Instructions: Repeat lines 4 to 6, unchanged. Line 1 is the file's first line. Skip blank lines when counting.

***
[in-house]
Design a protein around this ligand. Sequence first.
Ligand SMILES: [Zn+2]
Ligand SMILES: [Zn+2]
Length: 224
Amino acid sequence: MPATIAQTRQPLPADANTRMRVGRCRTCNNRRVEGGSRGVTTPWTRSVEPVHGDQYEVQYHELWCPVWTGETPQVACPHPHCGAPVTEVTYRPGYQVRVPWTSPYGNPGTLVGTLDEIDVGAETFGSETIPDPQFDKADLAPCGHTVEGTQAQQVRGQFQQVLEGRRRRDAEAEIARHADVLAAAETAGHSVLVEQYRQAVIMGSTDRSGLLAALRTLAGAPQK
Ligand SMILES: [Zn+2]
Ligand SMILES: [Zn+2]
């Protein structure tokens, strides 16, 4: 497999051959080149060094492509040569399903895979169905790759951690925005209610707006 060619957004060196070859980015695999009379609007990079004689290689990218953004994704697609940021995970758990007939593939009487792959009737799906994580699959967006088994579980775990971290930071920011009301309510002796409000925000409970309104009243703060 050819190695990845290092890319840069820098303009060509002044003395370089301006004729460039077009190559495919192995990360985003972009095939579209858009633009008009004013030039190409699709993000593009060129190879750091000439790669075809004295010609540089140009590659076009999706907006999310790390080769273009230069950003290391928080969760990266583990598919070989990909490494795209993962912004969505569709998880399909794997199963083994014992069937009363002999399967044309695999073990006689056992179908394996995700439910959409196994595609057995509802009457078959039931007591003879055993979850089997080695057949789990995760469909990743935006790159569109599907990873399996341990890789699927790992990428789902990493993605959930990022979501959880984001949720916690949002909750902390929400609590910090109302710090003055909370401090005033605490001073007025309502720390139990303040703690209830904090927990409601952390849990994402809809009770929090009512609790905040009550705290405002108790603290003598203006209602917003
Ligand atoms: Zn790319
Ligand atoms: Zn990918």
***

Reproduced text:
Ligand SMILES: [Zn+2]
Length: 224
Amino acid sequence: MPATIAQTRQPLPADANTRMRVGRCRTCNNRRVEGGSRGVTTPWTRSVEPVHGDQYEVQYHELWCPVWTGETPQVACPHPHCGAPVTEVTYRPGYQVRVPWTSPYGNPGTLVGTLDEIDVGAETFGSETIPDPQFDKADLAPCGHTVEGTQAQQVRGQFQQVLEGRRRRDAEAEIARHADVLAAAETAGHSVLVEQYRQAVIMGSTDRSGLLAALRTLAGAPQK